PHP, XML, and Unicode

Update: in a comment John Cowan points out the obvious, that a UTF-8 escape sequence can never contain an ASCII character (because the high bit is always set, as I knew but failed to register). As a result, my xml_escape() function is way over-complicated. Thanks, John.

Update #2: in a comment, Jirka Kosek points out that PHP5 is actually using the also-excellent libxml instead of Expat — the PHP developers actually ported the expat-based, low-level interface to libxml so that it wouldn’t break legacy code. In that case, I’m especially impressed that my script produces byte-for-byte identical output with PHP4 and PHP5. I’m still looking for a problem with PHP’s XML+Unicode handling (other than the inconvenience of working with UTF-8 on the byte level).

Update #3: here’s a good summary of XML support in PHP5

A couple of weeks ago, Tim Bray posted about PHP and received a firestorm of comments, just as I did when I posted about PHP and Ruby on Rails almost a year ago. PHP generates a lot of passion, for good or for ill: my posting still gets a new comment every week or two.

As Tim updated his posting with comments, he linked to a two-year-old posting by Steve Minutillo about PHP4’s inability to detect character encodings in XML files and other Unicode bugs. That caught me by surprise — after all, PHP uses the venerable Expat as its XML parsing engine (the same engine used in most programming environments other than Java), and if Expat wasn’t getting things right, then the PHP people must have gone way out of their way to misconfigure it.

Testing Unicode support

To test XML character-encoding support in PHP, I used two PHP versions: 4.4.0, and 5.0.5 (which happen to be the current PHP4 and PHP5 heads in Ubuntu). I wrote a simple identity transform script (available for download at — please consider it Public Domain) to read an XML file and write a simplified version of it back out again (I forgot to include processing instructions — sorry. I’ll fix that later.) The script always produces UTF-8 output, regardless of the input encoding. I ran it under both PHP4 and PHP5 against two XML source files with accented characters: one encoded in UTF-8, and the other encoded in ISO-8859-1 (with a suitable XML declaration). The script produces identical and correct UTF-8 output under both PHP4 and PHP5 (at least, the versions I tested). There is no conditional code based on the PHP version, but I did have to set a couple of options carefully.

Setting up a PHP XML parser

Here’s how I set up my XML parser in PHP:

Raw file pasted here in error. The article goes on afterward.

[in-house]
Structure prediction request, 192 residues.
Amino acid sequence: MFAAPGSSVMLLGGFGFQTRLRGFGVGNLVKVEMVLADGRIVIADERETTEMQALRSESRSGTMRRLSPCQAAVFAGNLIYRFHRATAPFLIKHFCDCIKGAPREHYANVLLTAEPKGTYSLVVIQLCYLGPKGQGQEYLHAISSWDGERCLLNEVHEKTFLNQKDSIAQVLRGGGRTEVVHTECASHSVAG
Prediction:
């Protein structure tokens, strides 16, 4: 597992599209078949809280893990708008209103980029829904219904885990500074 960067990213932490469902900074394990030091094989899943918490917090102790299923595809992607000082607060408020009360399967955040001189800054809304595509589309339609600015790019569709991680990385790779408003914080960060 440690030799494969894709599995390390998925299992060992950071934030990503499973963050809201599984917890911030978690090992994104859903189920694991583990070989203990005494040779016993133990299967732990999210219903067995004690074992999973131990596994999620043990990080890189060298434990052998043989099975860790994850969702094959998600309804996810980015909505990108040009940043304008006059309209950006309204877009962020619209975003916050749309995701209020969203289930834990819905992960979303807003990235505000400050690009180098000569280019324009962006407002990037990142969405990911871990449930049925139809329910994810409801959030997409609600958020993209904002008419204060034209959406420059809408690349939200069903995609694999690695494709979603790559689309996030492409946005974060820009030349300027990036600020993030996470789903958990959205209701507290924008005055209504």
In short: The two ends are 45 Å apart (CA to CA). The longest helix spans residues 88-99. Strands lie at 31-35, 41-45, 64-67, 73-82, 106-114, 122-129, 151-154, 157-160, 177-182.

$parser = xml_parser_create();
xml_parser_set_option($parser, XML_OPTION_TARGET_ENCODING, "UTF-8");
xml_parser_set_option($parser, XML_OPTION_CASE_FOLDING, false);

The first line creates the parser (I’m not using Namespaces for this example, or it would look a little different.) The second line requests that the parser report element names, attribute names and values, content, and everything else to my application using UTF-8, no matter what the input encoding was. The final option undoes a mind-numbingly stupid default in PHP, where all element and attribute names are converted to upper case before being passed on.

Next, I register my event handlers with the parser (this step should be familiar to anyone who has ever programmed with Expat or SAX):

xml_set_element_handler($parser, 'start_element', 'end_element');
xml_set_character_data_handler($parser, 'character_data');

The handlers themselves are naively simple, attempting to recreate the XML markup reported to them:

function start_element ($parser, $name, $atts)
  echo("< $name");
  foreach ($atts as $aname => $avalue) {
    echo " $aname=\"" . xml_escape($avalue) . '"';

function end_element ($parser, $name)

function character_data ($parser, $data)

The only complicated bit happens in the xml_escape function. Unfortunately, since I’m dealing with raw UTF-8, I have to know a bit about UTF-8 encoding to do the escaping — otherwise, my code might mistake part of an multi-byte escape sequence for an ampersand and replace it with an entity reference (note: this is all unnecessary — see John Cowan’s comment):

function xml_escape ($s)
  $result = '';
  $len = strlen($s);
  for ($i = 0; $i < $len; $i++) {
    if ($s{$i} == '&') {
      $result .= '&';
    } else if ($s{$i} == '<') {
      $result .= '<';
    } else if ($s{$i} == '>') {
      $result .= '>';
    } else if ($s{$i} == '\'') {
      $result .= ''';
    } else if ($s{$i} == '"') {
      $result .= '"';
    } else if (ord($s{$i}) > 127) {
      // skipping UTF-8 escape sequences requires a bit of work
      if ((ord($s{$i}) & 0xf0) == 0xf0) {
        $result .= $s{$i++};
        $result .= $s{$i++};
        $result .= $s{$i++};
        $result .= $s{$i};
      } else if ((ord($s{$i}) & 0xe0) == 0xe0) {
        $result .= $s{$i++};
        $result .= $s{$i++};
        $result .= $s{$i};
      } else if ((ord($s{$i}) & 0xc0) == 0xc0) {
        $result .= $s{$i++};
        $result .= $s{$i};
    } else {
      $result .= $s{$i};
  return $result;